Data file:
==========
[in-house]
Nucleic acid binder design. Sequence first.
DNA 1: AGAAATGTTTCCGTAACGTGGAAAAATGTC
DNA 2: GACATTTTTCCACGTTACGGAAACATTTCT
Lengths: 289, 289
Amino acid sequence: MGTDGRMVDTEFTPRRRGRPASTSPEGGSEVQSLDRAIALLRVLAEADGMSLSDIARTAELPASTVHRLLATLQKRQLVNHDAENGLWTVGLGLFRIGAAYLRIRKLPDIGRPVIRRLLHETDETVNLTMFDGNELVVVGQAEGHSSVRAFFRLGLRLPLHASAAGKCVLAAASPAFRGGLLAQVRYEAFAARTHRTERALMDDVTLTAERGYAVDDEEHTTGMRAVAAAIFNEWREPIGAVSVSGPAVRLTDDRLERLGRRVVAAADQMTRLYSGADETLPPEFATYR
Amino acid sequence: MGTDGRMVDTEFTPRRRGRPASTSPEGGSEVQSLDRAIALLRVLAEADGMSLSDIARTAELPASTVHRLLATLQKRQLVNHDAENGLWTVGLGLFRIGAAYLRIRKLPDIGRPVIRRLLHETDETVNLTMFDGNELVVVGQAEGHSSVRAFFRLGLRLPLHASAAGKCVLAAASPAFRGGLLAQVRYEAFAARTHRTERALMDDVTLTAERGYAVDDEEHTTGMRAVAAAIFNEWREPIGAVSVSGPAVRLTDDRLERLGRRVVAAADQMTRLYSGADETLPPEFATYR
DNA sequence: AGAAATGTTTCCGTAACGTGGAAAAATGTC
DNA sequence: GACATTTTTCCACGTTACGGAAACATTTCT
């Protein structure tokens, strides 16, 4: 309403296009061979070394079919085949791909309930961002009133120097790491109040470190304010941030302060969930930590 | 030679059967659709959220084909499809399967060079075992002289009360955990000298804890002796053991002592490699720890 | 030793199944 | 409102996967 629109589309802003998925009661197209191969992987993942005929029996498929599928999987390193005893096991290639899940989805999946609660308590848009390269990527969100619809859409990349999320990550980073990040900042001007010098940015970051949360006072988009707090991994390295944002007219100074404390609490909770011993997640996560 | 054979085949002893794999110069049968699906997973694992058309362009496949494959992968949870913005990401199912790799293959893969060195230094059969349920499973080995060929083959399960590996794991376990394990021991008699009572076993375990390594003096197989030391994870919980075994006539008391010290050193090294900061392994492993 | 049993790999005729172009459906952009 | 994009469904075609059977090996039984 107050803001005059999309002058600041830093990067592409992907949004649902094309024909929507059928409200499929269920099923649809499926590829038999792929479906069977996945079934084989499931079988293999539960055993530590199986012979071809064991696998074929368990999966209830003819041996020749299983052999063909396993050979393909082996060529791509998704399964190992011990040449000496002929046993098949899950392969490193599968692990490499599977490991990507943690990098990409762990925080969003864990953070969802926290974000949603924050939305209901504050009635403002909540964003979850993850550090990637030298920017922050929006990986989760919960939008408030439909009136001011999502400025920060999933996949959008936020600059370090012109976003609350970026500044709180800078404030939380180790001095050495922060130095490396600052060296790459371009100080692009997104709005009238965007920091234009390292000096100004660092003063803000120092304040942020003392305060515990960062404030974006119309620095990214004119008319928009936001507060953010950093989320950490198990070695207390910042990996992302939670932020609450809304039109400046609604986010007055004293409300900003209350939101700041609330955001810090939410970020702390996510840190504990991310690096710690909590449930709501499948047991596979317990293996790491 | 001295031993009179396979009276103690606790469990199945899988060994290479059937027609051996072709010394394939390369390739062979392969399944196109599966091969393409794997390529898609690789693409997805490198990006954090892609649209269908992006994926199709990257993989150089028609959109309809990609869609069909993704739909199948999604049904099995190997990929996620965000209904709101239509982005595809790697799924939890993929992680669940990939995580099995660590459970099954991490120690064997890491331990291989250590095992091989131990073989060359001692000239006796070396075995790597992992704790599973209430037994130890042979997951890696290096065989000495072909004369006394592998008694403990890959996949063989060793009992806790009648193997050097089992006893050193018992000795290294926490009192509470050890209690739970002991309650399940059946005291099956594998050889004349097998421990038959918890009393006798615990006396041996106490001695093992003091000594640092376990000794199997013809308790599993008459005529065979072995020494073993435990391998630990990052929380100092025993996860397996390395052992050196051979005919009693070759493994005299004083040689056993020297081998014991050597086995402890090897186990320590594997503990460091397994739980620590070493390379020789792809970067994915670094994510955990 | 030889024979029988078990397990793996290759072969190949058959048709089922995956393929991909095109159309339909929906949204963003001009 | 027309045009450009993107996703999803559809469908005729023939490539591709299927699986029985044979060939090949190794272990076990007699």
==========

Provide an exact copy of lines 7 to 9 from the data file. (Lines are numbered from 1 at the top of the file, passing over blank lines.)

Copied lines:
Amino acid sequence: MGTDGRMVDTEFTPRRRGRPASTSPEGGSEVQSLDRAIALLRVLAEADGMSLSDIARTAELPASTVHRLLATLQKRQLVNHDAENGLWTVGLGLFRIGAAYLRIRKLPDIGRPVIRRLLHETDETVNLTMFDGNELVVVGQAEGHSSVRAFFRLGLRLPLHASAAGKCVLAAASPAFRGGLLAQVRYEAFAARTHRTERALMDDVTLTAERGYAVDDEEHTTGMRAVAAAIFNEWREPIGAVSVSGPAVRLTDDRLERLGRRVVAAADQMTRLYSGADETLPPEFATYR
DNA sequence: AGAAATGTTTCCGTAACGTGGAAAAATGTC
DNA sequence: GACATTTTTCCACGTTACGGAAACATTTCT